Expenditure on drilling rose 472 per cent ($118m) and other offshore petroleum exploration expenditure rose 12.6 per cent ($9.4m).


The RIU Good Oil Conference 2018

The Good Oil Conference will bring you up-to-date with the exciting developments taking place in the oil and gas industry.

There will be two days of presentations from the leaders of the country’s emerging oil and gas companies on recent developments and new discoveries plus an outline for the sector’s future.

The conference also affords the opportunity to meet these industry leaders at what has become the most popular conference in Australia for the mid-tier and junior sector of the oil and gas market.

The RIU Good Oil Conference 2018 will be held at the Hyatt Regency Hotel Perth, Western Australia, located at 99 Adelaide Terrace Perth.

To find out more and to register CLICK HERE


South Africa Looking to Increase Mining Investment

THE CONFERENCE CALLER: The reinvigoration of South Africa’s beleaguered mining industry is hoping to attract new investment of more than $11 billion, or around 122 billion rand, over and above current project commitments.

The outlook was posted on the second day of the three day Paydirt 2018 Africa Down Under mining conference in Perth by the chief executive officer of the Minerals Council South Africa, Roger Baxter.

Recognising that the minerals rich country had not reached its full mining potential in the past decade, Baxter said key findings of an industry report last year for change and now backed by government, pointed to a much stronger outlook if implemented successfully.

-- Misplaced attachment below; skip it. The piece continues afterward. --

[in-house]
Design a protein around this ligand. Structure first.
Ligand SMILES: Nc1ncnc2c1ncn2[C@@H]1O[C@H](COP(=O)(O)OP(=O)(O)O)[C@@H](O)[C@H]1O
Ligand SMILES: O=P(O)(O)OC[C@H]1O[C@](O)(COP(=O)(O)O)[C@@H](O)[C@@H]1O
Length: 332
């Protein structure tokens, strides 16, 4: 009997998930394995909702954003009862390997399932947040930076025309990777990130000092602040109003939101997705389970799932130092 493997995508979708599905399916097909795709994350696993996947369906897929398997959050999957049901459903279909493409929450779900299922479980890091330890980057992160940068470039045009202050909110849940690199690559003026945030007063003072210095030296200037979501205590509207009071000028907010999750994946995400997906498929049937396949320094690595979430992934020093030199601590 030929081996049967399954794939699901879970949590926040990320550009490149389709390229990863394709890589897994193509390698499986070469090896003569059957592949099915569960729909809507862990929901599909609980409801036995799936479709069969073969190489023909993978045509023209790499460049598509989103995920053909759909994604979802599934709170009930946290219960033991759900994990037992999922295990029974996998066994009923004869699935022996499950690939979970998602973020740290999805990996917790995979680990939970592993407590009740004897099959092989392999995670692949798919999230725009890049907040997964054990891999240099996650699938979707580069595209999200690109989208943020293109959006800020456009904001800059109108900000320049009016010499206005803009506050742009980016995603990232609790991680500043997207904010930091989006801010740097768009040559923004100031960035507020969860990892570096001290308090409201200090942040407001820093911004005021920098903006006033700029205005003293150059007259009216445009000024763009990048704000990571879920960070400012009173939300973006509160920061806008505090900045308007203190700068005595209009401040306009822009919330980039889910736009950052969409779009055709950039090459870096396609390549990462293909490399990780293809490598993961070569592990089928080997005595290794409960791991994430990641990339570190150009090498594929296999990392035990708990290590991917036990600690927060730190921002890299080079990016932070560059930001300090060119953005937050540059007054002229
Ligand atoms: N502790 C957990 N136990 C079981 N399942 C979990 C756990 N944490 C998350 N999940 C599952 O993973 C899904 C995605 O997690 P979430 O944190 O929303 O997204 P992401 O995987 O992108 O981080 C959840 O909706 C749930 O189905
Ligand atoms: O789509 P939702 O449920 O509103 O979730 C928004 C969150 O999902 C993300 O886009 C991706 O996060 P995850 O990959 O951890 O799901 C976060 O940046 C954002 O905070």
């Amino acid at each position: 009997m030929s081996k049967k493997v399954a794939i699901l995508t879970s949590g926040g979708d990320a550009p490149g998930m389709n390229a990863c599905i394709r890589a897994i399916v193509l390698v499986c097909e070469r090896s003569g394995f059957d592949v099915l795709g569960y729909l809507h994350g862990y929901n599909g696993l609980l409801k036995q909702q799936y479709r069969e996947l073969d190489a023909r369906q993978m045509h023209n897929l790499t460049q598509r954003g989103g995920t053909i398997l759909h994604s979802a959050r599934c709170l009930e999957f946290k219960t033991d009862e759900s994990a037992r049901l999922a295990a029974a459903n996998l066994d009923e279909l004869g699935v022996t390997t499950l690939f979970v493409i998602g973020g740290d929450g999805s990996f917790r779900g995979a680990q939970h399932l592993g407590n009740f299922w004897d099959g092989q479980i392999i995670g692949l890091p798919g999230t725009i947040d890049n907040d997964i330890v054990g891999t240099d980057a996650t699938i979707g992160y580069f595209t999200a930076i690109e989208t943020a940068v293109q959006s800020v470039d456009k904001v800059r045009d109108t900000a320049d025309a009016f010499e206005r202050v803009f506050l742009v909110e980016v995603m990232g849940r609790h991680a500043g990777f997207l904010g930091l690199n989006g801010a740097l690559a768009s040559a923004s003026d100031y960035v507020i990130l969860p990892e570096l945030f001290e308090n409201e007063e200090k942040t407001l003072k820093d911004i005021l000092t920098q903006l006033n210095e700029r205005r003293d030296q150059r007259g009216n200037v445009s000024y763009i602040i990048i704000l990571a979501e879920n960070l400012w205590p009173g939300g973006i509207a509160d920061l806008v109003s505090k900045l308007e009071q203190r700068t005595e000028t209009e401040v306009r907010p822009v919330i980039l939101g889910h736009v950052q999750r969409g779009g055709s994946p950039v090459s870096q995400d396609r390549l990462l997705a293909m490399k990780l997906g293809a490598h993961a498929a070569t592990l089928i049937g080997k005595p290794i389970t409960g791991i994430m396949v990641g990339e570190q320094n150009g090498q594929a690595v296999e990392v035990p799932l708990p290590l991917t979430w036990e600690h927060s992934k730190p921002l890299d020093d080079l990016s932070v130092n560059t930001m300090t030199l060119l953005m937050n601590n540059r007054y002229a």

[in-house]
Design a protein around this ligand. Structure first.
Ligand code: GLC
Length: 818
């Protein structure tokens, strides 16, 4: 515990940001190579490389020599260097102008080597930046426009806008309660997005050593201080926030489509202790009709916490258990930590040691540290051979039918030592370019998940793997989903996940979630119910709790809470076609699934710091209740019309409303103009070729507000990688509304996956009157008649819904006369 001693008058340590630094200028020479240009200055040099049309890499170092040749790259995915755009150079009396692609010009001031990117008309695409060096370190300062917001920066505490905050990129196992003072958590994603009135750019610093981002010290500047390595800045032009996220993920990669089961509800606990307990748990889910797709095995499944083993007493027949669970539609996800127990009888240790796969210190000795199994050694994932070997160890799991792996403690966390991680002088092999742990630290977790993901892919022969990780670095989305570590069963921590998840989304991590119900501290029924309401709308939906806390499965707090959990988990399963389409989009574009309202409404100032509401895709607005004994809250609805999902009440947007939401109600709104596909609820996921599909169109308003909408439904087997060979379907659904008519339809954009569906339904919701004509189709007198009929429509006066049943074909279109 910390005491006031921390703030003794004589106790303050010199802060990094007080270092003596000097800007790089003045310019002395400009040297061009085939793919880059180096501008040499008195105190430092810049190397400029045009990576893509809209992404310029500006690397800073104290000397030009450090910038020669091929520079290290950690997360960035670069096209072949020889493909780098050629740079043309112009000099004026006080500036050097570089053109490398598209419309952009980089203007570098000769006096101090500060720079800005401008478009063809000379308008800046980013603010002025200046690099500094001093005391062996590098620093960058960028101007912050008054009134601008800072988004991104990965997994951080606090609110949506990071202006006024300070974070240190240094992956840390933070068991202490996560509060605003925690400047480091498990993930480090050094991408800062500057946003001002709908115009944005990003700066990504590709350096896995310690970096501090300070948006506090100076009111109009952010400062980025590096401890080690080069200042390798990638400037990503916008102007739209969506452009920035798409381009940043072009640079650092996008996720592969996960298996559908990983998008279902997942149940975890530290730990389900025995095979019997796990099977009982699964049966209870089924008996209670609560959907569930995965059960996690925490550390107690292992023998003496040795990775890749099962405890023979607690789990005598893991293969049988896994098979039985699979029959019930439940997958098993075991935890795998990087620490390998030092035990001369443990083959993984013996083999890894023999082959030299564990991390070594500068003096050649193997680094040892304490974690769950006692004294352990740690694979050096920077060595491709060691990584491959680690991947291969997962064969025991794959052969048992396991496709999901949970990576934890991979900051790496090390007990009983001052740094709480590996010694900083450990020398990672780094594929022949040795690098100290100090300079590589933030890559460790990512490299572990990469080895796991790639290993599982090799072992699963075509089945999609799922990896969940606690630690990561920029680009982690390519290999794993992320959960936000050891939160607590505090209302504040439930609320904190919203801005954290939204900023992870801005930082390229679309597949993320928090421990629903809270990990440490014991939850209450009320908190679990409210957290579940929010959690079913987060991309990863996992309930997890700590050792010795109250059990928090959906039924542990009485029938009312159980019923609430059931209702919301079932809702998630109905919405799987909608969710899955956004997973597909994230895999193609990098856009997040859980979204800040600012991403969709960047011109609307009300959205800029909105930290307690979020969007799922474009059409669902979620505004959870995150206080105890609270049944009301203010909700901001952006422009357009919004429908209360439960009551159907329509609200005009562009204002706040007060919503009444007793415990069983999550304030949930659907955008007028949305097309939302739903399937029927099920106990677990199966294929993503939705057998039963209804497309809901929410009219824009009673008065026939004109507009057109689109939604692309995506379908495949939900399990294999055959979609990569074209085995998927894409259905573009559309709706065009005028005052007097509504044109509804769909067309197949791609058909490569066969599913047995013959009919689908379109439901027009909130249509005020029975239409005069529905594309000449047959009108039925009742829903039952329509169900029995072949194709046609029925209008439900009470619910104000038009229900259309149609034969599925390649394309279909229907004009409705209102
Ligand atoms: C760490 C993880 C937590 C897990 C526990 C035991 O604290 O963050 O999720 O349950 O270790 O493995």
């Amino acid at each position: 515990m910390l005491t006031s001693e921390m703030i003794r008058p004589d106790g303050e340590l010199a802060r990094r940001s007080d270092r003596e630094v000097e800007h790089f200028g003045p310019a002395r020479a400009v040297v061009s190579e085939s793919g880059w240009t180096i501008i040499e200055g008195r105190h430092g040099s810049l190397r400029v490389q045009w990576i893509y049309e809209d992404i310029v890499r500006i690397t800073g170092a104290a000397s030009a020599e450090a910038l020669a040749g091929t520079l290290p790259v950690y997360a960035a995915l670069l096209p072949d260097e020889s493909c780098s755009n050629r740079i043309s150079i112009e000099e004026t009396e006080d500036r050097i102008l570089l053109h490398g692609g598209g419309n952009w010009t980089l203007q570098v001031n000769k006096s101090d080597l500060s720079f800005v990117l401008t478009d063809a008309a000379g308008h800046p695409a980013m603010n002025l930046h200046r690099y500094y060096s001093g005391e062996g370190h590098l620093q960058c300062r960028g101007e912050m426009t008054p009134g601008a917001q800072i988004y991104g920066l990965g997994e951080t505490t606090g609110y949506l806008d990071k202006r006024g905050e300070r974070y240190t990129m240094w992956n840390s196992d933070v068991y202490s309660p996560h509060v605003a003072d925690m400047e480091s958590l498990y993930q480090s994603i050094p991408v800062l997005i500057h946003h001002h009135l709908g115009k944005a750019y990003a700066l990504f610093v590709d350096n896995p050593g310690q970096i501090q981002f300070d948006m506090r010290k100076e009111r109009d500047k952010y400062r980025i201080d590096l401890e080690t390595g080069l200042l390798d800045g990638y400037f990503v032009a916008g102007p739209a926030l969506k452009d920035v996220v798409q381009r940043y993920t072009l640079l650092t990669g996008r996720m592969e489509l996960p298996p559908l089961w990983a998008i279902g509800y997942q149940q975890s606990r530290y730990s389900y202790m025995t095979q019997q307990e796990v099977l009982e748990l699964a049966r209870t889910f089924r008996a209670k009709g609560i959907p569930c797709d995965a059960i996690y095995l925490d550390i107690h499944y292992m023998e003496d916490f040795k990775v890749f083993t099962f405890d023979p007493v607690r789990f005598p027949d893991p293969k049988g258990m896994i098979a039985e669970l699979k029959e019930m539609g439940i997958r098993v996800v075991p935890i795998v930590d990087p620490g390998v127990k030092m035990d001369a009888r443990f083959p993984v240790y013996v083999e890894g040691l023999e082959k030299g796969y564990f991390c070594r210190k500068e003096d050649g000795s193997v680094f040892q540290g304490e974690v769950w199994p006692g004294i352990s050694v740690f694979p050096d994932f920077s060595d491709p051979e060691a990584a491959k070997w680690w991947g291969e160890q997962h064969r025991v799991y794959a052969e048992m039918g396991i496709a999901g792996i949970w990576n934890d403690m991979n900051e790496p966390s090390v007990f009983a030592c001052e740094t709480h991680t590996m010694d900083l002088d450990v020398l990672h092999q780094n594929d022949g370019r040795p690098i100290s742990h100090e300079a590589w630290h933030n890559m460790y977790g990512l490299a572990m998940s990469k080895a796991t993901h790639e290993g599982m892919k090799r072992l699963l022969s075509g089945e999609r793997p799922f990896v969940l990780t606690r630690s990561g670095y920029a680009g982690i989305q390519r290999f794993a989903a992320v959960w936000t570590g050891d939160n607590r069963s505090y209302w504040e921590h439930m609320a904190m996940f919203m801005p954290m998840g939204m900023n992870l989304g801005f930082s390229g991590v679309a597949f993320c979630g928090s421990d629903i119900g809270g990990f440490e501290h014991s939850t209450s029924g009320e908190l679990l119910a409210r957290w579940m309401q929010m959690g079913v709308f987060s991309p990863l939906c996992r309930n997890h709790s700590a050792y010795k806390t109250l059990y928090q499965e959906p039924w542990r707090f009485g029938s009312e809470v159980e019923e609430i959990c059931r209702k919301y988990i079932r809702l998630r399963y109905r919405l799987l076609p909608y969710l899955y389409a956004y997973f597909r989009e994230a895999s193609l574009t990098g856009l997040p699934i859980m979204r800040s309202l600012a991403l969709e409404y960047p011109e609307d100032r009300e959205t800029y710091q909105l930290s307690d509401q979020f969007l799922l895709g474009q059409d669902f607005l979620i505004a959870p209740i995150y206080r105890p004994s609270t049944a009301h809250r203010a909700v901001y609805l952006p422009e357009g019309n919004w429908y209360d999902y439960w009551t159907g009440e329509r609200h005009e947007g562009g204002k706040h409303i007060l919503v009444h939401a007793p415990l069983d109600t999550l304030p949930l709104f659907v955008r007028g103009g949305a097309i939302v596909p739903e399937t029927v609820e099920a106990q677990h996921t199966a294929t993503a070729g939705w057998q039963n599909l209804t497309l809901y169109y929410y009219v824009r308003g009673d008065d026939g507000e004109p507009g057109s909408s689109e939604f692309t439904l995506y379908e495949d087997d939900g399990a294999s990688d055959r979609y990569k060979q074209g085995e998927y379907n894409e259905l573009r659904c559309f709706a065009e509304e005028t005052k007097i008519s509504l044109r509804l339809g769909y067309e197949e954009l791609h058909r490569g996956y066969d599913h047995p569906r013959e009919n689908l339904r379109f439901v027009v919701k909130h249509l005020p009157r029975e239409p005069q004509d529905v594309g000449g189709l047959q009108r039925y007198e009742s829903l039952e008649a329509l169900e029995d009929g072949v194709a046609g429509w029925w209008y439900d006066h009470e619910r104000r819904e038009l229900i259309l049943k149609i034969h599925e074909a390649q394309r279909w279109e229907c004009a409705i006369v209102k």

“The current mining capex for the next four years for South Africa is R145 billion,” Baxter said.

“Potential new capital expenditure under a more certain and conducive environment would add a further R122 billion (A$11 billion plus) to this outcome.

“This is 84 per cent higher than current commitments.

“Our findings last year showed that most companies had held back investment due to South Africa’s then mining policies and uncertain regulatory environment.

“This dampened outlook also included certain minerals, due to adverse economic conditions.

“But our modelling has also shown that if South Africa gets back into the top 25 per cent of favoured mining investment destinations globally, this would create a further 200,000 jobs.